We are proud to announce the graduations and upcoming defences of Animal Breeding & Genomics PhD candidates.
- Latest update: October 2020 -
On Wednesday 14 October at 16:00, Chiara Bortoluzzi defended her thesis entitled ‘Using whole-genome sequencing data for demographic and functional evaluations of small managed populations’.
Read Chiara's thesis on globalacademicpress.com.
Genetic diversity forms the basis for selection to act upon a population: without diversity, evolution cannot occur and species cannot adapt to changing environments. In livestock populations, the rapid decline in genetic diversity calls for immediate and effective conservation measures to prevent future breeds to go extinct. However, parameters related to, for instance, genetic diversity and inbreeding should be estimated upfront in order to successfully intervene.
The aim of this thesis was to explore the use of whole-genome sequencing data to characterize, from a demographic and functional perspective, livestock diversity to guide conservation efforts. Local chicken breeds were the main breeds of interest. Results showed, among others, that (1) recent inbreeding and genetic drift are important threats in small populations, (2) the genetic basis of some of the phenotypic variation exhibited by local breeds has a complex evolutionary history, and that (3) genetic diversity can and should be measured at multiple levels to best manage populations and genetic resources.
On Friday 13 November at 11:00, Tessa Brinker will defend her thesis entitled ‘Genetics and genomics of direct and social genetic effects on survival time and plumage condition in laying hens’.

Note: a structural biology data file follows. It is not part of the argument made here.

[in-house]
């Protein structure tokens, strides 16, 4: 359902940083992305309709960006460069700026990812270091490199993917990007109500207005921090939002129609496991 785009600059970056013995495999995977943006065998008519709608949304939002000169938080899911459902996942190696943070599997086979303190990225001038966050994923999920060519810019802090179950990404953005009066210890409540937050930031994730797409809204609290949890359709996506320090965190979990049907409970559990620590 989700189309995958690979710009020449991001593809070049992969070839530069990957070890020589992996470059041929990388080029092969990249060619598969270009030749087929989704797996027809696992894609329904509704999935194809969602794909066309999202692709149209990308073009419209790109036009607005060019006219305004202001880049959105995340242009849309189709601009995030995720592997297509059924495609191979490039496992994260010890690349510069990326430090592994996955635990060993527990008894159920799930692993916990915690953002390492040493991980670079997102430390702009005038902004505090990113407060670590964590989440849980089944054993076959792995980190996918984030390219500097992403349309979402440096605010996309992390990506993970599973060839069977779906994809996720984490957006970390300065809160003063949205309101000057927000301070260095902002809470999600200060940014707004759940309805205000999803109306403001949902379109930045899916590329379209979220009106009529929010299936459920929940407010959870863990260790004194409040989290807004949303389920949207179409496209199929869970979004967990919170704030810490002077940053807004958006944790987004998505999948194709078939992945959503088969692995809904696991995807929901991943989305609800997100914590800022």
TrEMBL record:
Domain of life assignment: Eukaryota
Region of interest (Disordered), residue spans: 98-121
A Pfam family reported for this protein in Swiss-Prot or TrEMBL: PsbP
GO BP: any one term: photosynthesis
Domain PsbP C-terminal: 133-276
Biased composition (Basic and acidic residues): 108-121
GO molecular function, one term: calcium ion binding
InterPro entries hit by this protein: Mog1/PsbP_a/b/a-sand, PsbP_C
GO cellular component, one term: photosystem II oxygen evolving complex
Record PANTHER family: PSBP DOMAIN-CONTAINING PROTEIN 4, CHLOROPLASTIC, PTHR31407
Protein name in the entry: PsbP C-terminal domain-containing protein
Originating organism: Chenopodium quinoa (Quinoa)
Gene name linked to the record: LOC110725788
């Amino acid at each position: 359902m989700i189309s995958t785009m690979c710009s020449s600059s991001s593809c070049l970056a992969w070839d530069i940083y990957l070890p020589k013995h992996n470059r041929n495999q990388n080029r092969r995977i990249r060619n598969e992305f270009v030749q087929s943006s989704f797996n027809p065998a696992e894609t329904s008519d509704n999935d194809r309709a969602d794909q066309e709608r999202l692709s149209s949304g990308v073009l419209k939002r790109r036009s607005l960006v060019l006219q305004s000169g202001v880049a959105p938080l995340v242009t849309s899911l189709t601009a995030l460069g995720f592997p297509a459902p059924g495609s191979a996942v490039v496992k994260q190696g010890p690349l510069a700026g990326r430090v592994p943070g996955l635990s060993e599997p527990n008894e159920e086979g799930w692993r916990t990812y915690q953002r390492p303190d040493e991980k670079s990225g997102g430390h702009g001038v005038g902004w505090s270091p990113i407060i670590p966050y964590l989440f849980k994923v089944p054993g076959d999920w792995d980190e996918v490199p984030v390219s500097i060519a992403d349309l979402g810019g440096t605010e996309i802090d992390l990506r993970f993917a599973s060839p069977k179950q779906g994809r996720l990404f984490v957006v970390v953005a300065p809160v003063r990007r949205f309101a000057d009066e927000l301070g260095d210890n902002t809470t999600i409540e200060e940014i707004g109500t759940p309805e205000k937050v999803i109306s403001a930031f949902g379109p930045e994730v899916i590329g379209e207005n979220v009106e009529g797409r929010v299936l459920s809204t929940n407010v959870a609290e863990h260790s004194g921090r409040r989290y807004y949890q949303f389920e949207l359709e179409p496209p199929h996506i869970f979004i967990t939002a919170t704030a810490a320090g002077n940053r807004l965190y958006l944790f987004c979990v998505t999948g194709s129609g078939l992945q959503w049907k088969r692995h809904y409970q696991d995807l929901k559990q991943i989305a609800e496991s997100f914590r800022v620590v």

Read Tessa's thesis on globalacademicpress.com.
Several traits in livestock are not only affected by genes of the individual itself, but also by genes of its group mates. This is due to social interactions between individuals.
In this thesis, the genetic background of two traits that depend on social interactions in laying hens was studied; plumage condition and survival time. For these traits the contribution of direct and social genetic effects to the total heritable variation were estimated, which showed that up to 94% of the heritable variation in plumage condition and up to 61% of the heritable variation in survival time can be attributed to social genetic effects.
The availability of genomic information provides new opportunities for estimating genetic parameters and allows identifying chromosomal regions underlying direct and social genetic effects. Results point to an interesting candidate gene which requires further study. This thesis makes a substantial contribution to our knowledge regarding social genetic effects in laying hens.
Jan van der Lee
On Friday 13 November at 16:00, Jan van der Lee will defend his thesis entitled ‘Understanding dairy commercialization - Evolving market linkages, transition, and resilience of dairy farming in the East African highlands’.
The objective of this thesis is to gain insights into factors affecting commercialization of dairy farming under land scarcity. The main research question was: in what ways do market quality and spatial factors affect commercialization of dairy farming systems under land scarcity in two countries in the East African highlands?